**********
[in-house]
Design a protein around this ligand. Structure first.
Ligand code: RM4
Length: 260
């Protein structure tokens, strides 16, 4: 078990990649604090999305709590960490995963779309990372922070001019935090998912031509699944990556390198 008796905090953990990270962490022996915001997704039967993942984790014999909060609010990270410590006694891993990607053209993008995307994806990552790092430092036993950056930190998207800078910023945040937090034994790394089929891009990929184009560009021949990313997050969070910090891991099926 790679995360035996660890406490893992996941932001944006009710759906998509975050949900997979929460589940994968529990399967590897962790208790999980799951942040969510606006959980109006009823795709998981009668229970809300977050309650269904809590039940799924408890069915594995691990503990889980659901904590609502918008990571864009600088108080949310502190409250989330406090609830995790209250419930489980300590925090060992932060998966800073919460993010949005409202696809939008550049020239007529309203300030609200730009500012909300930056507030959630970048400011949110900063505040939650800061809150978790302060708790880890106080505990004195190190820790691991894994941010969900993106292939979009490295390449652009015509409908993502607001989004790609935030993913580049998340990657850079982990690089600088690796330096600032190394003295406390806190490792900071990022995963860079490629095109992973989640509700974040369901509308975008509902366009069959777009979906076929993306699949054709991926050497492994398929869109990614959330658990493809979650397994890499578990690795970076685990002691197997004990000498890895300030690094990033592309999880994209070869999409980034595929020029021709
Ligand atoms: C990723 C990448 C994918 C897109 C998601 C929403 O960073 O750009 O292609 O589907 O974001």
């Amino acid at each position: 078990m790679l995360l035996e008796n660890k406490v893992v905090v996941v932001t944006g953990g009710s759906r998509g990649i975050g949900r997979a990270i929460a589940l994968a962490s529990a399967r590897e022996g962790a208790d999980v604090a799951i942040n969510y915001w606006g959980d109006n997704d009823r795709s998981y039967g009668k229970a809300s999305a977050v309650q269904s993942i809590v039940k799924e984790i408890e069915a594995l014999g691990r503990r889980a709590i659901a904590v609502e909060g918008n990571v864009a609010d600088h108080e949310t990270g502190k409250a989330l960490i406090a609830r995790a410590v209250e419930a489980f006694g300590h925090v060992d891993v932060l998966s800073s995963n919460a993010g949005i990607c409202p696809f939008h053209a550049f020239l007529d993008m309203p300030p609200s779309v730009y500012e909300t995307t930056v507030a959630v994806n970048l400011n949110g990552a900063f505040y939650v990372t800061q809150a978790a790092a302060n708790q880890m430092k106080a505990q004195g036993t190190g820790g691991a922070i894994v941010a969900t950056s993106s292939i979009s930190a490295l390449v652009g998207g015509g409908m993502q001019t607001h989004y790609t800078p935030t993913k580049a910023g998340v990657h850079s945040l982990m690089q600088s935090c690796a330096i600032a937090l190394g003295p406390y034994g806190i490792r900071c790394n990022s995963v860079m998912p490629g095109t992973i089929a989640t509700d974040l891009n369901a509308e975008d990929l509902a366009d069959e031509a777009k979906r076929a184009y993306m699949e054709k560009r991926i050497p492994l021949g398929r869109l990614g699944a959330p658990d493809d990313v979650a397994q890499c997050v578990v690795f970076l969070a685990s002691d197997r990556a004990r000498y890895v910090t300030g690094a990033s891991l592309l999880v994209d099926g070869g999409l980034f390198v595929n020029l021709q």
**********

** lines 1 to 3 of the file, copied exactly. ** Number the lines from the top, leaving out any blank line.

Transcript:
[in-house]
Design a protein around this ligand. Structure first.
Ligand code: RM4